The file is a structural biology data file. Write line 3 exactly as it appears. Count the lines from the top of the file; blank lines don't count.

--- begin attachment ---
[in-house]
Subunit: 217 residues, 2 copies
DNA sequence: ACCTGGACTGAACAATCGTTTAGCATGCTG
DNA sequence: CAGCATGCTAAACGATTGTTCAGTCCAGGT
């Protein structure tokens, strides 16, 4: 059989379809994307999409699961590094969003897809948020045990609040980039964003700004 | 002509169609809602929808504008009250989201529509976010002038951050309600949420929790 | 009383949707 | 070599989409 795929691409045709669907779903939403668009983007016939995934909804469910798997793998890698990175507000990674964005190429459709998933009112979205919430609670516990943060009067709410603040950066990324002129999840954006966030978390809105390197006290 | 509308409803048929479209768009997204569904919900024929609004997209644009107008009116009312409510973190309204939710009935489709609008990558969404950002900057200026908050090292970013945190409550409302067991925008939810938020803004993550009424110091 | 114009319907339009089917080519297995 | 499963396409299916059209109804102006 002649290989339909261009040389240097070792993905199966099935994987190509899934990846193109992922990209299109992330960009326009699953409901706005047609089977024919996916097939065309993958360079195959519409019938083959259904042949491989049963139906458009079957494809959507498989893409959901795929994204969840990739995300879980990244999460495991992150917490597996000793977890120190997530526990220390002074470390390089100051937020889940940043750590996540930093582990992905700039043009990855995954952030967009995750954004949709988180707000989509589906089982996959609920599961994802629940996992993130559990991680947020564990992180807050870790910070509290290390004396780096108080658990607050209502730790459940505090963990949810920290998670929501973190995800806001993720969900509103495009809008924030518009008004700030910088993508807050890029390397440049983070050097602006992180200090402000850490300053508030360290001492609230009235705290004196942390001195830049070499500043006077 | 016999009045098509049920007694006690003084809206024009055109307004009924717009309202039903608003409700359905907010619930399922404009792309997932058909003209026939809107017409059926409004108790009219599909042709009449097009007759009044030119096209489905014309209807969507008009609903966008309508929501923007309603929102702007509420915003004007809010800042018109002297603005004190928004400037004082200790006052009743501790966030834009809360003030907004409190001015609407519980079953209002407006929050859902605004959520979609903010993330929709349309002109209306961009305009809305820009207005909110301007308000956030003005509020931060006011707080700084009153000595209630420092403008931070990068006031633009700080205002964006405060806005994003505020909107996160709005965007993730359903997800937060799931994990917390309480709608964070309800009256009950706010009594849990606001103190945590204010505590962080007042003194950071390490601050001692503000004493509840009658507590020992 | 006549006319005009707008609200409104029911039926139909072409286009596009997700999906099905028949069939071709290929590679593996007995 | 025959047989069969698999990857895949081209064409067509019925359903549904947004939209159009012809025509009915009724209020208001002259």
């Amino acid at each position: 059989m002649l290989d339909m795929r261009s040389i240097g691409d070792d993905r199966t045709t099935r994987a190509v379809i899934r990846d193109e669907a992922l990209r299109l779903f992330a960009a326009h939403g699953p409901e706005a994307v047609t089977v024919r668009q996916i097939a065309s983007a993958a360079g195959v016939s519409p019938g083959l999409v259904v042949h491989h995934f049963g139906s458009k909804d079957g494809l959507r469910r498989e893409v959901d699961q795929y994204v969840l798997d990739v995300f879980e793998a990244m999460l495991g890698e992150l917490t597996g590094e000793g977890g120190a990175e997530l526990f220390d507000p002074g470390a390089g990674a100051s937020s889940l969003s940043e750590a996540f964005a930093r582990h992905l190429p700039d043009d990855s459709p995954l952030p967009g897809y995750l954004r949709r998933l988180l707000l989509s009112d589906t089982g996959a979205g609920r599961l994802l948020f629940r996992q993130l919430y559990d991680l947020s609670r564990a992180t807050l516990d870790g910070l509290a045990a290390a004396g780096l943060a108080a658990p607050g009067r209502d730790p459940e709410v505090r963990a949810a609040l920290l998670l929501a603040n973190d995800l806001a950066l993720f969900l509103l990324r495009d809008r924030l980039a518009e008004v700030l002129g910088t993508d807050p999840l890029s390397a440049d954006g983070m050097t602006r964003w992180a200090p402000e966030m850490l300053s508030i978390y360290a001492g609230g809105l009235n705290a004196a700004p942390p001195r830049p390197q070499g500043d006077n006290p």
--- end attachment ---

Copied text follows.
DNA sequence: ACCTGGACTGAACAATCGTTTAGCATGCTG